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Brian Holroyd

To run a successful business it is good to always be under the assumption that your competitors are trying to steal your customers. The reason? Because it's true. Not only do you need to be aware of your competitors and how they're trying to steal your customers, you also need to be aware of how your company is performing within it's niche market.

To address this subject, watch our latest video -5 Steps to Successfully Gaining a Competitive Advantage. We're at the point where the business world is fully intertwined with the digital space, which means it moves at the same breakneck speed as the Internet. The truth, if you're willing to admit it, is that some of your competitors are doing a better job managing their digital presence than you. But that doesn't mean you can't figure out what they're doing, add to it, and get better results, so here's how:

 


 

Here are the 5 steps to gaining a competitive advantage

  1. Search Engine Visibility - The easiest way to determine who your top online competitors are is to do a Google search using a phrase that best describes your business. If you're a plumber in Milton Keynes, you would search 'Milton Keynes plumber' or 'Plumber Milton Keynes' and find  and find a good starter list of companies that you need to keep your eye on. If you want to dig a little deeper for information on which of your competitors is actively building links, look into the tools over at Moz. Alternatively, if you don't have time to mess around with learning curves, ask a WSI digital marketing expert to perform an analysis on your business.
  2. Top Performing AdWords in Google - Another aspect of Google's search engine results pages (SERPs) that you can search for data on your competitors are the AdWords for phrases and keywords associated with your business. Using the "Milton Keynes plumber example" we get a good idea of which companies show evidence of digital marketing savvy and are therefore worth analysing.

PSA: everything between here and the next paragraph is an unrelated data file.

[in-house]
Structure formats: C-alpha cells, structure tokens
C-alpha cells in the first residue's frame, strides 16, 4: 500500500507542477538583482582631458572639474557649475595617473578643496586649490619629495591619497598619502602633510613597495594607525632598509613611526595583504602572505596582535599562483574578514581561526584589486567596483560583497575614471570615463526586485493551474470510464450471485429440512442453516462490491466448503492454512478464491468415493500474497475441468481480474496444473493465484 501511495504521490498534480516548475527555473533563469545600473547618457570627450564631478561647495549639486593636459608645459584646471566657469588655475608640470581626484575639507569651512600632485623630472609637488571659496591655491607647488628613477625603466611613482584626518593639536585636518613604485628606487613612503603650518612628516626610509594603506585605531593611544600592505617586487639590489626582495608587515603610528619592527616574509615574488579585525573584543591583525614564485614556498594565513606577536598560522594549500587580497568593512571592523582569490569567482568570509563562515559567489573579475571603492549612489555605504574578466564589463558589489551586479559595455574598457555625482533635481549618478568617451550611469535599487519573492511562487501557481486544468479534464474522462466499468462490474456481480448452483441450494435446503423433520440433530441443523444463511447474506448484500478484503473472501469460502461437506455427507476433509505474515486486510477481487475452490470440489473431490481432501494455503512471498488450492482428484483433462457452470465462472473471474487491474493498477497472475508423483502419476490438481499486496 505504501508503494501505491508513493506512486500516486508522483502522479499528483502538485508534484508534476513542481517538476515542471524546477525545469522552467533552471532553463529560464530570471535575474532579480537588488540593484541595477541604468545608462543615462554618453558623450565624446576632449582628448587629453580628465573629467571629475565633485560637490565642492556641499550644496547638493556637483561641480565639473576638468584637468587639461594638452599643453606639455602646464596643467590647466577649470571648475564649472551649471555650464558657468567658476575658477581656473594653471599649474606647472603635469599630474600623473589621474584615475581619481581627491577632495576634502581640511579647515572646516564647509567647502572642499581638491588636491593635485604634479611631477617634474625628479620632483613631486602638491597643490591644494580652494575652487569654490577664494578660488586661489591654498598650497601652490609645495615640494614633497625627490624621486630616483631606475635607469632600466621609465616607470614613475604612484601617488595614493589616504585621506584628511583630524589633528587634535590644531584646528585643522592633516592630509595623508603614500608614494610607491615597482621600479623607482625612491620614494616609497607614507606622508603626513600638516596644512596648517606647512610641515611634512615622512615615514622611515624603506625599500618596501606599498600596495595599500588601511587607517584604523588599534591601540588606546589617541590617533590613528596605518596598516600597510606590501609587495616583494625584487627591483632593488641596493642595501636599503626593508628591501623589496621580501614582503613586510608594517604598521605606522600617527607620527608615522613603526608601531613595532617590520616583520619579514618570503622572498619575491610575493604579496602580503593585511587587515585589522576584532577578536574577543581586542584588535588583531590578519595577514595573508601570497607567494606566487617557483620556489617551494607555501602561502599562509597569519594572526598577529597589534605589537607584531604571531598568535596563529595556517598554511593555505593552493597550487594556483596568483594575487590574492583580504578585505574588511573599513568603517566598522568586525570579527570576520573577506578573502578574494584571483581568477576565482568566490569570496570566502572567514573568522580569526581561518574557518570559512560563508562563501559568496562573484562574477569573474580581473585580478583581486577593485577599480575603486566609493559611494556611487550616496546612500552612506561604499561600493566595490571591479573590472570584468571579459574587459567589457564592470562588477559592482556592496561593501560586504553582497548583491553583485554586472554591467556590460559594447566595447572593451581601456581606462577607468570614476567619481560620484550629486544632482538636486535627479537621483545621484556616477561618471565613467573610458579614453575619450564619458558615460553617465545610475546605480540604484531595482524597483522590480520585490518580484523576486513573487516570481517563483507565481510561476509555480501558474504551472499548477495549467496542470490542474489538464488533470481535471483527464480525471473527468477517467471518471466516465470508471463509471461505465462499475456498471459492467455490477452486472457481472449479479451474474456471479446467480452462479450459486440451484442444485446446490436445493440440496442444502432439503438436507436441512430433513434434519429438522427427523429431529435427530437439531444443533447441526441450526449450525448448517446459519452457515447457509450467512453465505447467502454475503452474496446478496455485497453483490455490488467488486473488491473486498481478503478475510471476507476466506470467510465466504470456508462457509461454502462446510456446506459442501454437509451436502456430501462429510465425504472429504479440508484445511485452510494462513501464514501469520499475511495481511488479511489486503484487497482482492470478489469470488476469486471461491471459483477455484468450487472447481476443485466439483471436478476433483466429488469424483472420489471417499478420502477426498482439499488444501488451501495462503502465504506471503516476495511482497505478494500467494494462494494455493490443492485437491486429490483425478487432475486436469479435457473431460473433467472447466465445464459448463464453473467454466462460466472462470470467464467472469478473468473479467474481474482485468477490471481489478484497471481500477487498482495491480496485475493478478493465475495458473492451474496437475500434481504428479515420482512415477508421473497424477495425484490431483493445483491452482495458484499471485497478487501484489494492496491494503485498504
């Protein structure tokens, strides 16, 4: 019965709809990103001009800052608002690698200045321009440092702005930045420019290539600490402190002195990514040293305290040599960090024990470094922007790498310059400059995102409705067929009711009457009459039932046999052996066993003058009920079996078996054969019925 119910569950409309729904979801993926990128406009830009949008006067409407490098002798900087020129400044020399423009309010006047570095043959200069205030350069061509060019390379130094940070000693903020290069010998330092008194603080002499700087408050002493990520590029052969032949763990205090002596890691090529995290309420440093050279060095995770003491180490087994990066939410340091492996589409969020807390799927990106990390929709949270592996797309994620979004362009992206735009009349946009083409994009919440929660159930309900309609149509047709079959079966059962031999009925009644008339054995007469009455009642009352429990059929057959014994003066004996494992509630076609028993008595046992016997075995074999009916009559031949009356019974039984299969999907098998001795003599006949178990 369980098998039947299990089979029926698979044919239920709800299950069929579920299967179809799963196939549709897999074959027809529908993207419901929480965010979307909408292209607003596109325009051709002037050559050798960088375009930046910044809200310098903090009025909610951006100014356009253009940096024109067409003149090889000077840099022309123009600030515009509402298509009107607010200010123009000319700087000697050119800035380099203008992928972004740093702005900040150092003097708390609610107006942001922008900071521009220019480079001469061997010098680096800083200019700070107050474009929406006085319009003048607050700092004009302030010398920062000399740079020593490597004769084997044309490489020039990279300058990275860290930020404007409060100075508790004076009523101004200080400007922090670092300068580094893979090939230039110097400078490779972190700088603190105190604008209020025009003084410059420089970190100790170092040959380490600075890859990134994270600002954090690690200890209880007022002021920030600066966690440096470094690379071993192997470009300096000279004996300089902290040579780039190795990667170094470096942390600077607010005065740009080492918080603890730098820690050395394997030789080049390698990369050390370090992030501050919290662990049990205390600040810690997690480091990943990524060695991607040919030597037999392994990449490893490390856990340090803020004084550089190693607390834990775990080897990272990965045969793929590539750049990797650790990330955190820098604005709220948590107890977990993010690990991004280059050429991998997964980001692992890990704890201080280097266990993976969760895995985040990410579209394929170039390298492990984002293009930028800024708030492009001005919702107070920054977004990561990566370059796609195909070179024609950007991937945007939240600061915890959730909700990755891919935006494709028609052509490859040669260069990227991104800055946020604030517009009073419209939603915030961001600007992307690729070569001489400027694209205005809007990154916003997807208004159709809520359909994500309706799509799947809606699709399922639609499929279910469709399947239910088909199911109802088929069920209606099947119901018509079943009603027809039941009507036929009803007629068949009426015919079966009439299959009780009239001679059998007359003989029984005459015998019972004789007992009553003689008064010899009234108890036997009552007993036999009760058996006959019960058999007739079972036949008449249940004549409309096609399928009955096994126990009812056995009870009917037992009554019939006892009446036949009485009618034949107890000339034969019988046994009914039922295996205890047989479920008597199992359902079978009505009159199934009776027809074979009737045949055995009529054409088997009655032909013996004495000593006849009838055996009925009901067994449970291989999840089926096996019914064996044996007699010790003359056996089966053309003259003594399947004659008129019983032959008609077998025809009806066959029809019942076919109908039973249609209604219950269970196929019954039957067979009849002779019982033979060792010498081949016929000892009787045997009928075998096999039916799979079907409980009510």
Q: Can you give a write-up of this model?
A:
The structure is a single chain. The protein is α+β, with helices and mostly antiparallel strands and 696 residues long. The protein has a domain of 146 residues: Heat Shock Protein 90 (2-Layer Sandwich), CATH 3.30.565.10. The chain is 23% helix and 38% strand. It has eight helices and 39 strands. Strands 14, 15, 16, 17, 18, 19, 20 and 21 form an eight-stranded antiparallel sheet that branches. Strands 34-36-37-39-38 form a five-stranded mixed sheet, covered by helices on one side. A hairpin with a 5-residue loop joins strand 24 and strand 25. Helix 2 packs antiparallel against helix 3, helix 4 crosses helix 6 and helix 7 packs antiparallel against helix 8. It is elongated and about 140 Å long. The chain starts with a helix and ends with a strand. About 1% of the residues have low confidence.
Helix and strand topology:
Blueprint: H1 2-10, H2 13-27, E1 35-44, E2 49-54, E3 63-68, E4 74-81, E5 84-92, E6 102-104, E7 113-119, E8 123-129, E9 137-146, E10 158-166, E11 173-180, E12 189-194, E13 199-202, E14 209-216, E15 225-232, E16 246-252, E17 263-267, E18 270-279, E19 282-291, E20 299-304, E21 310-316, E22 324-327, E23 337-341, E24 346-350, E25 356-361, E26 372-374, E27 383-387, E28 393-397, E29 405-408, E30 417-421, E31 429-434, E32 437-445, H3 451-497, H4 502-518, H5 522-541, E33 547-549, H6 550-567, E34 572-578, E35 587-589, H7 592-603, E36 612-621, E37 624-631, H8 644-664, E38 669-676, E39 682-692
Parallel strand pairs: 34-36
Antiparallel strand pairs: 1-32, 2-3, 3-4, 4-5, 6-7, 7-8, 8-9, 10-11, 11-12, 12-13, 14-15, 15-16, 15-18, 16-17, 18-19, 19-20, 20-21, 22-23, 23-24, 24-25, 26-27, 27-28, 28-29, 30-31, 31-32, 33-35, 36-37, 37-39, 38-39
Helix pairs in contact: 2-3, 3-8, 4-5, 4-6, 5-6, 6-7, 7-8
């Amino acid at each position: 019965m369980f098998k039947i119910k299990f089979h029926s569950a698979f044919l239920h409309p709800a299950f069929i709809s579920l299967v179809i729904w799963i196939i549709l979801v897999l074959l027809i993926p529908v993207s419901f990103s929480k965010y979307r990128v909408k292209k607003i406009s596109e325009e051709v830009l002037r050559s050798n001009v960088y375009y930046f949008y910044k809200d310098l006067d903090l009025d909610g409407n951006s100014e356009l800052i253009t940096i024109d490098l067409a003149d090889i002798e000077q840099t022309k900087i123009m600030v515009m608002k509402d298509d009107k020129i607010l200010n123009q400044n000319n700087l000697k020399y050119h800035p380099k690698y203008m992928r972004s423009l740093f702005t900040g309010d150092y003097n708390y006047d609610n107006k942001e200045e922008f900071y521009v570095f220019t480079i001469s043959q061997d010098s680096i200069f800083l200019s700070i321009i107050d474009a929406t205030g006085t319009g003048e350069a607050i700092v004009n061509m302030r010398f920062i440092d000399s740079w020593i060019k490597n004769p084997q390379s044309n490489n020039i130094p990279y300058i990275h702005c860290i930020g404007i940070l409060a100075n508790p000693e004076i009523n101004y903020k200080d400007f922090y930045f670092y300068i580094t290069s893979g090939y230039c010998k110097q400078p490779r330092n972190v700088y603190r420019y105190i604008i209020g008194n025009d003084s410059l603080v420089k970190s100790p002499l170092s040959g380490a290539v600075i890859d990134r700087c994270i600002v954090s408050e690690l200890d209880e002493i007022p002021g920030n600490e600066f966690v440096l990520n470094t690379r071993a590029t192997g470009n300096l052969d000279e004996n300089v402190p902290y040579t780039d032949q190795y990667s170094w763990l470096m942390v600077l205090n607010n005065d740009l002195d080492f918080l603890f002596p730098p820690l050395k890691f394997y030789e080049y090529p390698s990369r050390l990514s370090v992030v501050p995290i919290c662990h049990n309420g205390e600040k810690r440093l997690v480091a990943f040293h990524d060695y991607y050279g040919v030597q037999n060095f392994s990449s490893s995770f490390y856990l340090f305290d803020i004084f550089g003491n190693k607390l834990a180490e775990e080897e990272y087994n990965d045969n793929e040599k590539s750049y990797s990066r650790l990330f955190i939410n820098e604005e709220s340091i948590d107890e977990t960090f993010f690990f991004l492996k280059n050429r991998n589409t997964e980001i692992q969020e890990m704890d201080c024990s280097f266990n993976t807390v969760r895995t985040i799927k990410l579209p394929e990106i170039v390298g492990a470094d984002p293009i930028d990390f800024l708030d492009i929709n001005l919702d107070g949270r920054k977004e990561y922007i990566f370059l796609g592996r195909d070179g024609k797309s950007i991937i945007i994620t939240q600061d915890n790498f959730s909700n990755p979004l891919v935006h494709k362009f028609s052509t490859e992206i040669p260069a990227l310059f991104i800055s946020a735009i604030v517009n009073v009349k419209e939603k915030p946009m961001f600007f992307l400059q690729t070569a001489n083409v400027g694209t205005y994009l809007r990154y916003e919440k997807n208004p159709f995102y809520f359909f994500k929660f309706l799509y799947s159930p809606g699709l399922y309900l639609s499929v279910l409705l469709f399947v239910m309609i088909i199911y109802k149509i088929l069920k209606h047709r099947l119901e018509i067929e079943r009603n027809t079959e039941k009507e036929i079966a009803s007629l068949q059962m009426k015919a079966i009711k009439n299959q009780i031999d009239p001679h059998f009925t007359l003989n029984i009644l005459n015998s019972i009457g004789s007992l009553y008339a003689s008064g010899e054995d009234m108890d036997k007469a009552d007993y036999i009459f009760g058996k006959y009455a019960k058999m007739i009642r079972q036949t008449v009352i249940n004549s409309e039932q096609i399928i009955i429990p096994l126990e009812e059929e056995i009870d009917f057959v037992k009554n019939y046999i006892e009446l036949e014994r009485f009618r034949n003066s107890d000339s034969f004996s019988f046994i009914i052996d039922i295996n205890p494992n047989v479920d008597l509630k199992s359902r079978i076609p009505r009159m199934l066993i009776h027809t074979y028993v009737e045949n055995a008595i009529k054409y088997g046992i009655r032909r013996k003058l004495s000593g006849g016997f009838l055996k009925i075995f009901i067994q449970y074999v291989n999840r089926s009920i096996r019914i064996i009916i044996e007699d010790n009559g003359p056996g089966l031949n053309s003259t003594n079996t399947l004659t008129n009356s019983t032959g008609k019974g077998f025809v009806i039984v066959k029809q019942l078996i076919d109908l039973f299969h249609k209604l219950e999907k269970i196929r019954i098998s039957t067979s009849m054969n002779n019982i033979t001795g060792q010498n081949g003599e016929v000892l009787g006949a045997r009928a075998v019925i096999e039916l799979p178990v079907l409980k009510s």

3. Top Performing Keywords Using the information you uncovered in #1 and #2, you can begin to form a list of keywords and phrases that your competitors are using to appear ahead of you in the search results. At this point, you have a decision to make. If it doesn't seem like there's a lot of content or competition around the top performing keywords, you could certainly try to outrank your competitors for these terms. However, if there's a lot of action and history with the top companies and their keywords, it's more efficient to use different, less competitive keywords that will be easier to rank for (but deliver similar traffic).
  4. Best Preforming Content - Once you know what keywords you're going to focus on, you'll need to create compelling content that readers find useful and interesting. To generate ideas, you can again look at what you your competitors are doing with content (and maybe more importantly, what they aren't doing).
  5. Social Media Engagement - Expand on things by visiting your competitors' social profiles to monitor their engagement levels and to see what kind of social posts are moving the needle for them. If you really want to get inside their social thought process, engage with them as a mock-customer to gather information of what their customer experience is like and how attentive they are to their social presence. When it's all said and done, don't forget to bring all this information back to your team and figure out how you can develop a more engaging social footprint than your best competitor!

get your social on

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